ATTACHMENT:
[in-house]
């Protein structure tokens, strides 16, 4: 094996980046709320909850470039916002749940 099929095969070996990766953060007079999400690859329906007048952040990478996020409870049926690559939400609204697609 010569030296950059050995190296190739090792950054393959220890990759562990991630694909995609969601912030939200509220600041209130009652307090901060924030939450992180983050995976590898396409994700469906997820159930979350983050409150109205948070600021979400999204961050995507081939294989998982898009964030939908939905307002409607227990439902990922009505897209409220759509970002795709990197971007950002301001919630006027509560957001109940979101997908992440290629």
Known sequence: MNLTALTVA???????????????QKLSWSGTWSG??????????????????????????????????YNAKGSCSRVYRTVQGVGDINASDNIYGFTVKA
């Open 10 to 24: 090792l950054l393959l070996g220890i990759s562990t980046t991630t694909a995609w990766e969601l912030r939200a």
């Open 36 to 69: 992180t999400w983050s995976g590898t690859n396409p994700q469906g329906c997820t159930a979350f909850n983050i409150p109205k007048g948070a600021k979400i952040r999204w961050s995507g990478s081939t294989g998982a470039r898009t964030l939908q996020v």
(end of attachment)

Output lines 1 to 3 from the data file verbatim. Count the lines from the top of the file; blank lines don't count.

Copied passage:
[in-house]
């Protein structure tokens, strides 16, 4: 094996980046709320909850470039916002749940 099929095969070996990766953060007079999400690859329906007048952040990478996020409870049926690559939400609204697609 010569030296950059050995190296190739090792950054393959220890990759562990991630694909995609969601912030939200509220600041209130009652307090901060924030939450992180983050995976590898396409994700469906997820159930979350983050409150109205948070600021979400999204961050995507081939294989998982898009964030939908939905307002409607227990439902990922009505897209409220759509970002795709990197971007950002301001919630006027509560957001109940979101997908992440290629």
Known sequence: MNLTALTVA???????????????QKLSWSGTWSG??????????????????????????????????YNAKGSCSRVYRTVQGVGDINASDNIYGFTVKA